After the New Zealand national team arrived in Russia ahead of their FIFA 2017 Confederations Cup curtain-raiser with hosts Russia in St. Petersburg, we look at how the 'All Whites' booked their place at the tournament.
The ‘Tournament of Champions’ will welcome eight representatives from all corners of the globe: the champions of each six continents, plus world champions Germany and host nation Russia provide the eclectic mix taking part in the 2018 World Cup rehearsal.
None have traveled further than the New Zealand team, who have made the 16,000km journey from the Southern Hemisphere - via a training camp in Belfast and a firendly match in Belarus - to St. Petersburg Stadium to take on the Russian ‘Sbornaya’ at 18:00 on Saturday to kick off the tournament.
New Zealand, nicknamed the ‘All Whites’ on account of their kit color, or lack thereof, booked their place at the Confed Cup by winning the 2016 OFC Nations Cup, the 10th edition of the quadrennial tournament organized by the Oceania Football Confederation (OFC).
The Kiwi team finished top of their group ahead of the Solomon Islands, Vanuatu and Fiji, before beating New Caledonia 1-0 in the semi-final to set up a final date away to Papua New Guinea.
In the final at Sir John Guise Stadium in Port Moresby, the All Whites narrowly beat Papua New Guinea on penalties after the game finished goalless, with midfielder Marco Rojas - dubbed 'the Kiwi Messi' - eventually converting the winning spot kick. The hero of the shootout being New Zealand keeper Stefan Marinovic.
Although New Zealand are undoubtedly minnows of the footballing world, operating in the shadow of the country’s more successful ‘All Blacks’ rugby team, they have one of the brightest young managers in international football in Anthony Hudson.
Englishman Hudson believes many have been quick to write off his team, who enter the tournament as the lowest-ranked side in the FIFA world rankings, where they occupy 95th place.
“You can expect a team that is capable of beating some of the best teams in the world, and that is going to this tournament to make New Zealand proud,” Hudson said when talking to RT Sport on what to expect from his side in Russia.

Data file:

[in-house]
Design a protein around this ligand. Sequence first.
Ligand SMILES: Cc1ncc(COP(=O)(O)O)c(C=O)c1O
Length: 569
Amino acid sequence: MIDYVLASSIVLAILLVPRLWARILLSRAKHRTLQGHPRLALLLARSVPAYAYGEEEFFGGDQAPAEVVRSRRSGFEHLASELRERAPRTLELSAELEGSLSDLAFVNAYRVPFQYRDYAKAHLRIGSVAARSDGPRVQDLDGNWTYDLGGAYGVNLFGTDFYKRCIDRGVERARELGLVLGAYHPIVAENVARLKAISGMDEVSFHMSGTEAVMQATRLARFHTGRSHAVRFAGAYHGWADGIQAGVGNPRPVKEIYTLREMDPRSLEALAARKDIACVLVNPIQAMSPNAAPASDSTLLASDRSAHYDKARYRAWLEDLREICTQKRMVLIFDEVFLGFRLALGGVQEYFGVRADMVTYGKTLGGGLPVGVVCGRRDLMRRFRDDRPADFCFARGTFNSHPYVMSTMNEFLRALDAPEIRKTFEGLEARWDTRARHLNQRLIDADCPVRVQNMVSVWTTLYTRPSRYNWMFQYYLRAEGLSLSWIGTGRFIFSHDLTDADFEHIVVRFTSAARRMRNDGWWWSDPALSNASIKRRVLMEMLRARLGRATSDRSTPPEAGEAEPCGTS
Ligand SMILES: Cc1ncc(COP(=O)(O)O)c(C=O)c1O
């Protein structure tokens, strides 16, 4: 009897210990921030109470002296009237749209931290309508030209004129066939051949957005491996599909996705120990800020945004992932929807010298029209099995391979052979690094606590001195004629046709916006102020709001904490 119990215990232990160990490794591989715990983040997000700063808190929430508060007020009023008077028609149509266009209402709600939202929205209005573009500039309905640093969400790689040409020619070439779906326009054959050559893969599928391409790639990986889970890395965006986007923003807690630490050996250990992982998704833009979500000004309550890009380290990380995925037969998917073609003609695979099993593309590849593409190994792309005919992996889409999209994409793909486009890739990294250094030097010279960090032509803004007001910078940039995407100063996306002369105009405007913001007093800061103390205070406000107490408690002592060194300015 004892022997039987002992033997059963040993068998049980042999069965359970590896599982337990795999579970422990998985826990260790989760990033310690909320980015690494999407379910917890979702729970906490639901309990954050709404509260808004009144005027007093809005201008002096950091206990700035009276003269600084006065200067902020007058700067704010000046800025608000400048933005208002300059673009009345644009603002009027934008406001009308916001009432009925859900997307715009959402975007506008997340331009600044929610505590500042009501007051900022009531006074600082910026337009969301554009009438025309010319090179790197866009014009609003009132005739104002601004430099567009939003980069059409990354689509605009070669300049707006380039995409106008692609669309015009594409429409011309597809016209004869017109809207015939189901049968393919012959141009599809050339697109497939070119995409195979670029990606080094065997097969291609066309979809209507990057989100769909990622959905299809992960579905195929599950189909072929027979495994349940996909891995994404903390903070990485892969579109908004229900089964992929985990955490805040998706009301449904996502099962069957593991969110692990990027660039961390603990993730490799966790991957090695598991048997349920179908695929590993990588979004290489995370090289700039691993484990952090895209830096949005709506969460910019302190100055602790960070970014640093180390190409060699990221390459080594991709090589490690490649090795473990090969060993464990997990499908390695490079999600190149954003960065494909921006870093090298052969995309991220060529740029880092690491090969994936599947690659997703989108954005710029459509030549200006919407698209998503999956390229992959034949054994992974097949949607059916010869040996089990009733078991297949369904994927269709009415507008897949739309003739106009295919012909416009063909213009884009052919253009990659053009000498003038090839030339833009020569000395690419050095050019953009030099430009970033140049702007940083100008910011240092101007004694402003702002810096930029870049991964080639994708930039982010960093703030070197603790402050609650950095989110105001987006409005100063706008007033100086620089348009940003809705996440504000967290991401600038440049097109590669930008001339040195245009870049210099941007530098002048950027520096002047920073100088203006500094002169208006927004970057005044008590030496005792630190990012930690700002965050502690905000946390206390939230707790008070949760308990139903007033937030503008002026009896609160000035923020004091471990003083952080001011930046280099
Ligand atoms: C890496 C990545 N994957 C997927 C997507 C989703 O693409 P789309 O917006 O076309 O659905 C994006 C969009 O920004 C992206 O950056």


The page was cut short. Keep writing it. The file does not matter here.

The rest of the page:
New Zealand currently sit top of their Russia 2018 FIFA World Cup Oceania qualifying group, and in June have played competitive games against Northern Ireland and Belarus, on both occasions only narrowly losing 1-0.
“We go into this tournament wanting to do something significant, which is do something New Zealand has never done, and that is win a game at the tournament,” Hudson said after the friendly defeats.
Midfielder Clayton Lewis said: “The Confederations Cup is a big event. There is only one tournament bigger and that is the World Cup, so this tournament is a great opportunity for exposure. I hope to catch the eye of some people around the world and take that opportunity.”
The team arrived in Russia in confident mood, despite being drawn in a difficult Group A alongside hosts Russia, European champions Portugal captained by Ballon d’Or holder Cristiano Ronaldo, and a strong Mexico side.
New Zealand will play Russia at St. Petersburg Stadium, before playing Mexico at Sochi’s Fisht Olympic Stadium on Wednesday, June 21. By the time the side have traveled back to St. Petersburg to round off their group campaign against Portugal on Saturday June 24, they will have clocked up over 20,000km since beginning their journey.
Hudson’s All Whites have certainly not arrived in Russia to make up the numbers, and will be aiming to crown their mammoth travel by causing upsets that will surely announce themselves on the international footballing stage.